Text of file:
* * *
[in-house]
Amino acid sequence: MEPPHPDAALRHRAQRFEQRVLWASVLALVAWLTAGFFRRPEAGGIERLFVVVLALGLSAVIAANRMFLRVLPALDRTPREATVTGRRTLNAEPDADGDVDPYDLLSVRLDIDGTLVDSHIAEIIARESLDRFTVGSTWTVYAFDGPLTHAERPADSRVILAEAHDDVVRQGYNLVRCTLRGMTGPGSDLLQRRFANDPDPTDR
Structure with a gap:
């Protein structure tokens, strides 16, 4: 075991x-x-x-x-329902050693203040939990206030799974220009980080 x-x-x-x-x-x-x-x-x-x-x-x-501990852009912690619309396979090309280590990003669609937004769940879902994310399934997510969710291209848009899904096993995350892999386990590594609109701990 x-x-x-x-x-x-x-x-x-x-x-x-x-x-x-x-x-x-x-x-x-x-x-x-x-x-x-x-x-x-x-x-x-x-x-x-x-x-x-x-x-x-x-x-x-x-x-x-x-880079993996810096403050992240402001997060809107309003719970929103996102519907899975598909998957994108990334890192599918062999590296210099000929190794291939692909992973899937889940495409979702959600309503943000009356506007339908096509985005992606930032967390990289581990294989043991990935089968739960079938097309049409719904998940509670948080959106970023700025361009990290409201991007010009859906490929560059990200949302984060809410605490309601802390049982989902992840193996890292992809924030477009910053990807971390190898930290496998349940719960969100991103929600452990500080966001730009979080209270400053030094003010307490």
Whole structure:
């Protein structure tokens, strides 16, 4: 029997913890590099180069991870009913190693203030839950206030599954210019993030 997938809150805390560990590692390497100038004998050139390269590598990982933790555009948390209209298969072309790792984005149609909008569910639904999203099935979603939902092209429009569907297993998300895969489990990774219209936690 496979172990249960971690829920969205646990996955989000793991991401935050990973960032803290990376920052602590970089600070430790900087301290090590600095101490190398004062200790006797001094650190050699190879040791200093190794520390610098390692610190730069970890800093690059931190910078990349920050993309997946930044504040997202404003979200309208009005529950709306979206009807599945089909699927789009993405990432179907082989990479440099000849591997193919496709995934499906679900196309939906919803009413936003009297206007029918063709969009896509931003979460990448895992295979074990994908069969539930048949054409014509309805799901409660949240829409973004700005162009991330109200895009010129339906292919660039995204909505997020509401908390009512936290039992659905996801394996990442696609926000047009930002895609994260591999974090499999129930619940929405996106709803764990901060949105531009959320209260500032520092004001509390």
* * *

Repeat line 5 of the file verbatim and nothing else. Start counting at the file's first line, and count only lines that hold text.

Whole structure: